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Dr Emma Spary

Reader in the History of Modern European Knowledge

Corpus Christi College
Cambridge CB2 1RH
Office Phone: 01223 3 38013


Dr Emma Spary's interests address the history of knowledge, material culture and politics in the European 'long eighteenth century'. Her monographs include Utopia's Garden (2000), a study of natural history in the period of the French Revolution; Eating the Enlightenment (2012), which considered debates over the Enlightenment through the lens of contestation over consumption, health and sites of sociability like the coffee house; and Feeding France (2014), which addressed the emergence of industrial food production in France between 1760 and 1815. Her current research projects include Translations of Potency, a book exploring the trade and consumption of exotic plant drugs in France in the age of Louis XIV, and Collecting Revolution, which investigates the transformation of private natural history collections into public and national spaces after 1760. She welcomes approaches from students interested in eighteenth-century French, European and colonial history, as well as the history of science, medicine and print.

Termination details:

I am an historian of knowledge in the 'long eighteenth century', specialising in French and European history. Having worked on collecting and natural history in the French Revolutionary period, the subject of my first book Utopia's Garden (2000), I then researched the history of forms of knowledge about food and drink in Enlightened Paris over the period 1675-1815, which resulted in two monographs, Eating the Enlightenment (2012) and Feeding France (2014). Currently, I am involved in a joint project on the history of drug-taking in Paris and Versailles between 1670 and 1730 which explores the relationship between political and pharmacological efficacy. Along the way, I have also interested myself in the history of agriculture, chemistry and the arts in eighteenth-century Europe and its colonies--everything from rat-eating and breadfruit to distillation and unicorn horns! I teach on a range of topics within this area and welcome applications from prospective graduate students.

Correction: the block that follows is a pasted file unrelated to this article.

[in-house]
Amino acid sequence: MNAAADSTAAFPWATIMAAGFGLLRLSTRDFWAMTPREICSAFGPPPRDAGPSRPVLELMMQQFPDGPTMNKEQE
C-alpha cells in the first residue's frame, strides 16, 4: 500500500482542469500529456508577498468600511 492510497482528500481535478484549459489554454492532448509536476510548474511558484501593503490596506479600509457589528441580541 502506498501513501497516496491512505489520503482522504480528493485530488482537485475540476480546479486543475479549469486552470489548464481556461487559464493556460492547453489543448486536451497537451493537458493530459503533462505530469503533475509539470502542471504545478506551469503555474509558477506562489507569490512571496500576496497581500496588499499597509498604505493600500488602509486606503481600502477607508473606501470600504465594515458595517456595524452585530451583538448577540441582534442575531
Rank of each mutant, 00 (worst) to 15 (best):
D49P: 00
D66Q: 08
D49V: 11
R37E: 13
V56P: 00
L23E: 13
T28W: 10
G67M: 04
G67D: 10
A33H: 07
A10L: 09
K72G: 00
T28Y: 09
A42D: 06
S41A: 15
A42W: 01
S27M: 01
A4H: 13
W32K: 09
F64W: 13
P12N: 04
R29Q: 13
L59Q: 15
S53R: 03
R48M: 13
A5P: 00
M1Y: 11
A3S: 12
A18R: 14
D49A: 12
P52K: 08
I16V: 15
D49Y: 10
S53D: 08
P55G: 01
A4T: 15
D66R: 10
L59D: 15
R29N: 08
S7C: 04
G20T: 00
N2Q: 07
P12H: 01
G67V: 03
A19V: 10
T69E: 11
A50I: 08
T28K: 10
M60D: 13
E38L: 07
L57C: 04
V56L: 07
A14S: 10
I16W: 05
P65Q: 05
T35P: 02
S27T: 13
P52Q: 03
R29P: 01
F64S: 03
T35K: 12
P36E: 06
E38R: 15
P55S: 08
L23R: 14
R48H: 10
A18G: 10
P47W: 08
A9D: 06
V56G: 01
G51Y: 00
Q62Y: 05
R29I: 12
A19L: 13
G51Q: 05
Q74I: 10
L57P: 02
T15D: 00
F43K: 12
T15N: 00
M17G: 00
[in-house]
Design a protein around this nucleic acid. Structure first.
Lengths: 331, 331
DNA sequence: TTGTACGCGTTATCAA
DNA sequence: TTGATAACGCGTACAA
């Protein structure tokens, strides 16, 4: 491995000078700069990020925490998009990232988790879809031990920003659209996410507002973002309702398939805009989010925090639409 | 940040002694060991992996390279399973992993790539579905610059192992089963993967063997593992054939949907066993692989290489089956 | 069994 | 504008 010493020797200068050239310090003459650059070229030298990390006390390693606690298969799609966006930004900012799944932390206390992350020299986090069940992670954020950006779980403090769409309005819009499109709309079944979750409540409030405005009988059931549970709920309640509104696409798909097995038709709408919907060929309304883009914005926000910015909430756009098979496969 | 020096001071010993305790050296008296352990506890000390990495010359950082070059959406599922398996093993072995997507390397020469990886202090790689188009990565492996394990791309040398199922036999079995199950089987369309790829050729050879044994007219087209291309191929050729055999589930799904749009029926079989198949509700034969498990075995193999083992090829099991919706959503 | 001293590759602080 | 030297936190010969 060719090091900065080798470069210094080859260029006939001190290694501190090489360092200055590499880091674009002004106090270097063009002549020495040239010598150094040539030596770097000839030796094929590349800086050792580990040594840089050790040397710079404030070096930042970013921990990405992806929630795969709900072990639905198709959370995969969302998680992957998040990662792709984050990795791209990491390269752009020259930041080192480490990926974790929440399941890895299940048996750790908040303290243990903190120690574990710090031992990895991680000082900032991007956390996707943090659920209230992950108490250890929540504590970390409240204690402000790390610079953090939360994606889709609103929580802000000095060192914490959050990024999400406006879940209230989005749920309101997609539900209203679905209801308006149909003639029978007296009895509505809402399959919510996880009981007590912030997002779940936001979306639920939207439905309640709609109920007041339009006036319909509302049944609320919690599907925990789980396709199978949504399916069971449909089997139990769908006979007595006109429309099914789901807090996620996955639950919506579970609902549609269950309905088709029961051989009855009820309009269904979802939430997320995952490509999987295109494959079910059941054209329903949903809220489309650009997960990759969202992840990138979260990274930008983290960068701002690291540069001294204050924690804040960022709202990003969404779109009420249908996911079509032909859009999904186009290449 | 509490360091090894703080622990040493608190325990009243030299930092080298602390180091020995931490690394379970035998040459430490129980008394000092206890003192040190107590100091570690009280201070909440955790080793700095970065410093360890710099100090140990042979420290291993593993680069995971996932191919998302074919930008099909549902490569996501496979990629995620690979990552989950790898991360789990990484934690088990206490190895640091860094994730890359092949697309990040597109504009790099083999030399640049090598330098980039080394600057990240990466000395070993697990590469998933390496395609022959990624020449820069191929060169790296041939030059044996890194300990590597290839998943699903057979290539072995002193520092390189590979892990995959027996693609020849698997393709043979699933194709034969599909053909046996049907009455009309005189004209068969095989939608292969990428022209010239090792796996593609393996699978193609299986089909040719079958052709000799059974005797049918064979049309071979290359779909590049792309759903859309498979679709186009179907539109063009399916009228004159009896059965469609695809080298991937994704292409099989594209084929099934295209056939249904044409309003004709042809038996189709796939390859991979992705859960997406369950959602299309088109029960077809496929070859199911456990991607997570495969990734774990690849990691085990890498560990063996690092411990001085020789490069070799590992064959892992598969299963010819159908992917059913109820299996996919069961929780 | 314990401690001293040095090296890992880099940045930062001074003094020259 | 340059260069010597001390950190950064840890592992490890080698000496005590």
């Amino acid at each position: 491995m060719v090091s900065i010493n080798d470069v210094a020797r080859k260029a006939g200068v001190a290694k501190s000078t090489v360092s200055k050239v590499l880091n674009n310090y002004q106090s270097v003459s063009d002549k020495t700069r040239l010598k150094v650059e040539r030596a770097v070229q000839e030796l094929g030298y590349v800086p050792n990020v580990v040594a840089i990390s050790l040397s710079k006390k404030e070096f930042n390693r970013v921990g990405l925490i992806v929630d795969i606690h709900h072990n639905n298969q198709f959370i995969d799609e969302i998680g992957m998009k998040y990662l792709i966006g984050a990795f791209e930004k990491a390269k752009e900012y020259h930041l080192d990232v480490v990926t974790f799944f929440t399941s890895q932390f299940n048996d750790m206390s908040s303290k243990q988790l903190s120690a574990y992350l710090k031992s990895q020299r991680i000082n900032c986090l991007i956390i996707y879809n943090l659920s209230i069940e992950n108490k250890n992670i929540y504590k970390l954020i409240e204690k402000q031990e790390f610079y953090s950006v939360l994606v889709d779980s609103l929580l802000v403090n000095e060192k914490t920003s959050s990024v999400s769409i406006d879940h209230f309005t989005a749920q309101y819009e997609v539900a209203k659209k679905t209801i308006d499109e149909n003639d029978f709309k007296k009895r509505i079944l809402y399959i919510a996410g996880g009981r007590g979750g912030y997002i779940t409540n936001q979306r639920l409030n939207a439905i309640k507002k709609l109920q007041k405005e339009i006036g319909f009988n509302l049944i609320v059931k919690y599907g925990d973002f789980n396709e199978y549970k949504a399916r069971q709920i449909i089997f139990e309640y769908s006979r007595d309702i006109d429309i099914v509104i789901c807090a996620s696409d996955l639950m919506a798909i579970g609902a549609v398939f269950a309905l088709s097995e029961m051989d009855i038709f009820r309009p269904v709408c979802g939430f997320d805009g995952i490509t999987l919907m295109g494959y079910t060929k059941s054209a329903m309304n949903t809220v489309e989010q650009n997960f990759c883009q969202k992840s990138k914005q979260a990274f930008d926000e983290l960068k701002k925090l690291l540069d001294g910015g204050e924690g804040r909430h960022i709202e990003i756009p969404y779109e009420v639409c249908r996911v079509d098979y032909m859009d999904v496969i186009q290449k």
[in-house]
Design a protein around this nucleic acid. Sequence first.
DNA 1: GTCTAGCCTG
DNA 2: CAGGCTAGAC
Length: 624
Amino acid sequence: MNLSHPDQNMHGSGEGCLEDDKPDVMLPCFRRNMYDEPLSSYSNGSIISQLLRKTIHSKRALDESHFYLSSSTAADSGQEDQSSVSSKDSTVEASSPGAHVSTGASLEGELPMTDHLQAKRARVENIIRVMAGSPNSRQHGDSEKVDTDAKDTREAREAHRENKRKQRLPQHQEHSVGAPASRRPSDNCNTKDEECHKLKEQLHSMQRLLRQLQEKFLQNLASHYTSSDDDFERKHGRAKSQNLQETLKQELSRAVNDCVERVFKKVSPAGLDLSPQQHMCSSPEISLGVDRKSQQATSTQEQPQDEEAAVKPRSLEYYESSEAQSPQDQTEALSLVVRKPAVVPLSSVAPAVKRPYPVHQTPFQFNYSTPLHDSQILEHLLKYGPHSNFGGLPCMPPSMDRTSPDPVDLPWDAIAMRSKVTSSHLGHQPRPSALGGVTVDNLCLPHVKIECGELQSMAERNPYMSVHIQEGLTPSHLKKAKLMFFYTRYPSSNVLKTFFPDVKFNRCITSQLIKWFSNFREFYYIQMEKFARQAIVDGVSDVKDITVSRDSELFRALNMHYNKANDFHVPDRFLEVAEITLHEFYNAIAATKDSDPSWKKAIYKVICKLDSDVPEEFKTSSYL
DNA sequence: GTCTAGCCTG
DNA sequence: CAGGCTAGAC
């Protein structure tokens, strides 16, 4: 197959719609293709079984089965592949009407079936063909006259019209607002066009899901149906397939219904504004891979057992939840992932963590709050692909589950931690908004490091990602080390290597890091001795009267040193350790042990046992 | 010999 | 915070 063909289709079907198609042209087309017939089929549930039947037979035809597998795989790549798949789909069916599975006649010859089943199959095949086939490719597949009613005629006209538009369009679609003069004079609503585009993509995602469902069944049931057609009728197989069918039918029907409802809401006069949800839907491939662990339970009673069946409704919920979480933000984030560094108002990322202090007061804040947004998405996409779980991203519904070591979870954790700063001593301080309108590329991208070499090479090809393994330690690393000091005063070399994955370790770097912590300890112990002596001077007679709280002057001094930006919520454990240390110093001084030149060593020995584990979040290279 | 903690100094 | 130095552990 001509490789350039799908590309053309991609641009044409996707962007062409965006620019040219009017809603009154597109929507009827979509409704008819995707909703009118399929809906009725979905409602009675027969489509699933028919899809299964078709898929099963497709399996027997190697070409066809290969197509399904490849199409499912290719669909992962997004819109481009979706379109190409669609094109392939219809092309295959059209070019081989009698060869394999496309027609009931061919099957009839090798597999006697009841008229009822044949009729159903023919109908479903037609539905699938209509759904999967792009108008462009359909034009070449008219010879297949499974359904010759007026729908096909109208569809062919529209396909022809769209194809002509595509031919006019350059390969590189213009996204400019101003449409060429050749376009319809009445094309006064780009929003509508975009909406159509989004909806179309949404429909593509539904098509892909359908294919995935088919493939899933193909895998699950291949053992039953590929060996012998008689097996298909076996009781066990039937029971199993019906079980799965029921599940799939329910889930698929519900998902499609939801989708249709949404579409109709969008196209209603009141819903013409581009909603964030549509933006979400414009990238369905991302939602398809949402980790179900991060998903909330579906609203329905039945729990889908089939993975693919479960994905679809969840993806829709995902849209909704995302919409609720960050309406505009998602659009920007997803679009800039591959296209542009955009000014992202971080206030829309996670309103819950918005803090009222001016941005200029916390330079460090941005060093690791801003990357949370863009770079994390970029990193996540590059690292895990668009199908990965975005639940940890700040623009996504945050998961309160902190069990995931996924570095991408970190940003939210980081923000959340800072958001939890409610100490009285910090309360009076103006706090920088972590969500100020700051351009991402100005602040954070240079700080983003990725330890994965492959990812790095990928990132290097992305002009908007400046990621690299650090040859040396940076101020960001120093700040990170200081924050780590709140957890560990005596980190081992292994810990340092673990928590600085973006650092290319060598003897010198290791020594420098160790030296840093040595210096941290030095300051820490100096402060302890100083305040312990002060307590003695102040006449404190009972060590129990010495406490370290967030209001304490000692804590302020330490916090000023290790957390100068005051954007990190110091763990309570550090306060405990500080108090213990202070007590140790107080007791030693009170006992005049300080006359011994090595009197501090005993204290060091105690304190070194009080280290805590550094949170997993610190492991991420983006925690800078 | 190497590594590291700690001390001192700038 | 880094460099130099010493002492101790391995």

Departments and Institutes

Corpus Christi College:

Research Interests

Modern European history, especially intellectual history, history of science, history of medicine, history of material culture, collecting and print; history of food, drink and intoxication.

Research Supervision

PhD supervision:

“Governing Public Bodies: Reconsidering the Relationship Between Statecraft and Healthcare in England, 1650-1730” (Wellcome Trust Centre for the History of Medicine at UCL, awarded summer 2011)

“Industrial Health Foods and Culture during Britain’s Decadent Era (1880-1920)” (University of Cambridge, in progress)

“An Investigation into the Introduction and Use of Coal-tar derived Dyes to colour Victorian Food” (University of Cambridge, awarded December 2016)

“Music and the New Sensibility in Eighteenth-Century France” (University of Cambridge, in progress)

“Food and the Sciences in the Enlightenment” (University of Cambridge, in progress)

“Georg Joseph Kamel SJ (1661-1706): Negotiating the Identity of a Jesuit Missionary-Naturalist at the Frontiers of Colonial Empire” (University of Cambridge, in progress)

“Polish Émigrés in 19th-Century Paris” (University of Cambridge, in progress)


MPhil dissertation supervision on the musical amateur in 18th-century Paris, Polish travellers in 18th-century France, the correspondence between gens de lettres and monarchs 1769-1790, patent medicines in Britain 1815-1841.